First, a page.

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Multi-Way Conventional loudspeakers with crossovers

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Old 30th October 2012, 10:13 PM   #501
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Thanks Cal.

TBH it MUST be easier to build up the number of cells you intend to use and then fix them together - as opposed to make the cells up, fix them together and then cut them flush all the while making the outer cells walls chamfered etc etc?

So what are the ramifications of the way the guy builds his horns? ie, cells starting from a flat plane, longest cells at the centre, shortest at the edge and odd wall thicknesses to get mouth sizes equal?
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Old 30th October 2012, 11:13 PM   #502
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We are hoping that you will buy a set and tell us!
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Old 31st October 2012, 12:52 AM   #503
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Default multicell horn construction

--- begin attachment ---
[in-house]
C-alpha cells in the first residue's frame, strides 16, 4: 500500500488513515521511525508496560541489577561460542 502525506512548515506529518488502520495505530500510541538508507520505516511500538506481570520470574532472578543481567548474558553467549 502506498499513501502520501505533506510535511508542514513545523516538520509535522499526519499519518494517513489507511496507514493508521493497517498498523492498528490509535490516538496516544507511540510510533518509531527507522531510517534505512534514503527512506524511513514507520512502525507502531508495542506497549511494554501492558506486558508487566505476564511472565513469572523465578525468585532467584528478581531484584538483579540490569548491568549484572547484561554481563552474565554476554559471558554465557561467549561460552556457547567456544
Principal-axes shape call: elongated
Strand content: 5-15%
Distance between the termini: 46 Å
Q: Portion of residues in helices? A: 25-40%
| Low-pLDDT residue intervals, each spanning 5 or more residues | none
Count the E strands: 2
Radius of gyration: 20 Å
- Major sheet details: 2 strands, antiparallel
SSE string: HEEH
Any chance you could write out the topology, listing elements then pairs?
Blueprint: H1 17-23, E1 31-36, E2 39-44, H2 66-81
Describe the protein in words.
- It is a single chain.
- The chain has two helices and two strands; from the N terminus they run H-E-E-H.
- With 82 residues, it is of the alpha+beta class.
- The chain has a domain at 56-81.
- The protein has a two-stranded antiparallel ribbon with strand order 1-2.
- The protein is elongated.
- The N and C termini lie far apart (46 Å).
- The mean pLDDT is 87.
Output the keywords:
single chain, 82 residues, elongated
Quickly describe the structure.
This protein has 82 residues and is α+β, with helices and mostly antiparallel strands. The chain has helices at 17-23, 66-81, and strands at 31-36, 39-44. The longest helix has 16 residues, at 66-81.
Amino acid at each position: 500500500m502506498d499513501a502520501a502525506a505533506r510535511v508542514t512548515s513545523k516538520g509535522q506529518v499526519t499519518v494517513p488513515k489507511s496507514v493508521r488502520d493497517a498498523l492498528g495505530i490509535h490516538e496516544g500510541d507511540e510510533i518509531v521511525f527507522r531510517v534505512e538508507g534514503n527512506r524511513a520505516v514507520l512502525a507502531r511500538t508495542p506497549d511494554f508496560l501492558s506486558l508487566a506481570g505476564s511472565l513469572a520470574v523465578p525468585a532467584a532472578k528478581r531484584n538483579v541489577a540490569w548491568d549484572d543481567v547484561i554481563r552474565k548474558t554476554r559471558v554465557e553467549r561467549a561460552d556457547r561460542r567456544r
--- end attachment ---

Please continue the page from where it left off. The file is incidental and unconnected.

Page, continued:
Pano,if you do decide to experiment with a different gasket and honing the transition would you please take as many measurements as possible? I am still very much interested in cloning the 1005 and have even been looking on ebay for a reasonably priced specimen that I can measure myself and later resell. You have posted some great photos here and in other threads and I think I could come close to the original by scaling the pictures. Close is not good enough for a project this involved.
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Old 31st October 2012, 02:40 AM   #504
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Will do. I can measure the horn dimensions too, if you need that.
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Old 31st October 2012, 08:55 AM   #505
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Quote:
Originally Posted by Pano View Post
We are hoping that you will buy a set and tell us!
Oh that I had £360 to burn. Thats probably all they'll give me for my car .

The guy seemed amenable to altering the throats so I might be able to get a pair with throats as per Cal's pic.

What differences would different length cells bring? Its kind of starts as a sectoral horn (vanes right up to a flat opening) and ends up multicellular. The outermost cells must be tuned to a different frequency....i guess? What he says about the outer wall length sorting it all out can't be right as the lobe emanating from the cell should be from the centre but it would be skewed the way the cells are now - maybe?